The deep spearing arm is not a bad way to swim at all, but it does have limitations on capping speed potential that's the only point I was trying to make.

Last edited by descending : 03-19-2016 at 11:13 PM.
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Old 03-19-2016
Zenturtle Zenturtle is offline
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What was the before angle at what the end angle?
It reads to me that you where going from shallpw spear and rip through to a slightly deeper spear automatically falling into catch pull action.
Did you have the same time between spear and catch or did that change too?
I guess the results with a higher turnover rate in short distances will be less positive.

Last edited by Zenturtle : 03-19-2016 at 11:30 PM.
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Old 03-20-2016
gary p gary p is offline
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Quote:
Originally Posted by Danny View Post
In the neighboring thread "hope for men of average height" descending has argued the opposite, that a deep spear loses streamlining and costs you as a result. On the other hand, a deep spear makes it easier to go into the catch, and that minor time saving can make you feel better. Balancing SPL against stroke rate is a very personal thing and spearing deeper may cost some SPL.

Good luck on your race. I'm in awe of your times!
The deeper spear cost me some SPL at the beginning, but since I wasn't fighting balance as I breathed, I didn't fatigue as much. My SPL was the same or better on the last 3 25's.
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Old 03-20-2016
lloyddinma lloyddinma is offline
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Quote:
Originally Posted by Danny View Post
In the neighboring thread "hope for men of average height" descending has argued the opposite, that a deep spear loses streamlining and costs you as a result. On the other hand, a deep spear makes it easier to go into the catch,!

I am having a challenging time articulating my question here:
I only really get a catch when I spear deeper. On a flat spear, do you guys catch from the onset, or do you have to pull back somewhat to a deeper end of an arc then feel the "grip" ?
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Old 03-20-2016
Zenturtle Zenturtle is offline
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Has the other side also regogmized the shoulder flexibility of the avarage adult onset swimmer?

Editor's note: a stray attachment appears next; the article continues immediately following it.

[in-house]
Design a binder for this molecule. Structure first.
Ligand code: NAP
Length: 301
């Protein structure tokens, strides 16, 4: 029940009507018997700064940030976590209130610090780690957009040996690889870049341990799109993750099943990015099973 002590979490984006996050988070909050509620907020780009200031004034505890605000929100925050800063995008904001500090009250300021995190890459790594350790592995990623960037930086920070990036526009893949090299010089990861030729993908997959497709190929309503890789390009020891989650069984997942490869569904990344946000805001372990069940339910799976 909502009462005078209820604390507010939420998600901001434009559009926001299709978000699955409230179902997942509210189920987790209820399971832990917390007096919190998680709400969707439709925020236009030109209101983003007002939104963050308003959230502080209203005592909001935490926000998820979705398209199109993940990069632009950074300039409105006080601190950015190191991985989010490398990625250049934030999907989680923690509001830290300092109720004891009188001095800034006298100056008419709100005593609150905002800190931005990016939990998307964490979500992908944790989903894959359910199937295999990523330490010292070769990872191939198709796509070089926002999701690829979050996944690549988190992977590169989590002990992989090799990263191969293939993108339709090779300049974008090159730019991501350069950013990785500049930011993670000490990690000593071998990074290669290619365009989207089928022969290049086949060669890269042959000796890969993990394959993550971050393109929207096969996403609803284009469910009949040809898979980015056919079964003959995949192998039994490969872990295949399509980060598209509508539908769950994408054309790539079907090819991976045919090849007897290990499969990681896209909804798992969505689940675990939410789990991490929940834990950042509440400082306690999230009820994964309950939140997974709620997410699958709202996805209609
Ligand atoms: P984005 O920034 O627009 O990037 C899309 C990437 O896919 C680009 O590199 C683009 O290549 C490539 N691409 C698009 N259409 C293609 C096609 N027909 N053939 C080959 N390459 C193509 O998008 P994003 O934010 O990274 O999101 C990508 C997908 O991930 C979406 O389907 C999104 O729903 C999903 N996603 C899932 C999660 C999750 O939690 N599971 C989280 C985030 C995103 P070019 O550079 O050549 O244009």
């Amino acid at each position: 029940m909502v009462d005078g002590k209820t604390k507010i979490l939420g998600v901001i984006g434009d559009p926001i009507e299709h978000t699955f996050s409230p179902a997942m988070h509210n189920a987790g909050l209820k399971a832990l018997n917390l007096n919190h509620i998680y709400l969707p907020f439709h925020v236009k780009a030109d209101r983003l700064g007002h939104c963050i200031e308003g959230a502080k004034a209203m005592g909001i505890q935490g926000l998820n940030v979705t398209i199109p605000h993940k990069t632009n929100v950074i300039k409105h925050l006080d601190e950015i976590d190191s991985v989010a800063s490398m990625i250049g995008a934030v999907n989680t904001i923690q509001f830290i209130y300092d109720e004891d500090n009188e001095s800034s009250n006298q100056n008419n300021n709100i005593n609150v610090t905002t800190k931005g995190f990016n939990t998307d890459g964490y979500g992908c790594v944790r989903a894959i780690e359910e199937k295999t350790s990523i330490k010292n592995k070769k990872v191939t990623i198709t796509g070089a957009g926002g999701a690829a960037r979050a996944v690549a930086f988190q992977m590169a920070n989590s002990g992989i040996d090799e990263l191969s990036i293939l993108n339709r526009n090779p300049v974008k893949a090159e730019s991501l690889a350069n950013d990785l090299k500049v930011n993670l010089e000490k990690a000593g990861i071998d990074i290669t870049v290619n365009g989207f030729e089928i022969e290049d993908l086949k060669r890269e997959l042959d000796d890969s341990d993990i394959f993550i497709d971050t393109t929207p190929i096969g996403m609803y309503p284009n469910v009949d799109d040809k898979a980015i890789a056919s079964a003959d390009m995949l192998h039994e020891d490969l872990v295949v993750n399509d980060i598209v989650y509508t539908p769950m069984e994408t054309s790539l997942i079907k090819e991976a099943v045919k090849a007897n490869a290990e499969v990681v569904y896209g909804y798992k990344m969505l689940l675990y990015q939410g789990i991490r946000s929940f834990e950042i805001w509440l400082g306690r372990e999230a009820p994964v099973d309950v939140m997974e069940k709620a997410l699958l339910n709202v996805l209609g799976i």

http://www.feelforthewater.com/2016/...lexibilty.html
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Old 03-20-2016
CoachBobM CoachBobM is offline
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Quote:
Originally Posted by Danny View Post
In the neighboring thread "hope for men of average height" descending has argued the opposite, that a deep spear loses streamlining and costs you as a result. On the other hand, a deep spear makes it easier to go into the catch, and that minor time saving can make you feel better. Balancing SPL against stroke rate is a very personal thing and spearing deeper may cost some SPL.

Good luck on your race. I'm in awe of your times!
First, a clarification: What TI means by "spearing" is the entry and extension of the recovering arm. This is not the same thing as stroking.

Many of us have an intuitive feeling that we should spear more or less straight forward because this will create the least amount of drag. The trouble is that, for most people, a lower leading arm is needed to bring their body into balance. So while the recovering arm may create less drag if they spear straight forward, the cost will typically be that the swimmer's hips will sink a bit, which will cause the entire underside of their body to create drag as they move through the water (I have a video in my smartphone that I took of a swimmer which illustrates this rather nicely).

Elite swimmers typically to not spear all that low because they have learned to achieve good balance without needing to spear all that deeply.

Note that spearing deeply is not the same thing as stroking deeply. The TI focal point of imagining that you are reaching over the hood of a Volkswagen beetle implies that your hand will not go all that deep as you are stroking, and there are several reasons why this is good. One is that there is an envelope of water around your body that has picked up some of its forward momentum and that is therefore moving with it, so by not stroking too deeply, you are grabbing onto water that is moving forward with you instead of water that is stationary. It's similar to the reason that rockets that are headed into orbit are normally launched toward the east: Since Earth rotates from west to east, the rocket has a little less work to do to achieve orbital velocity.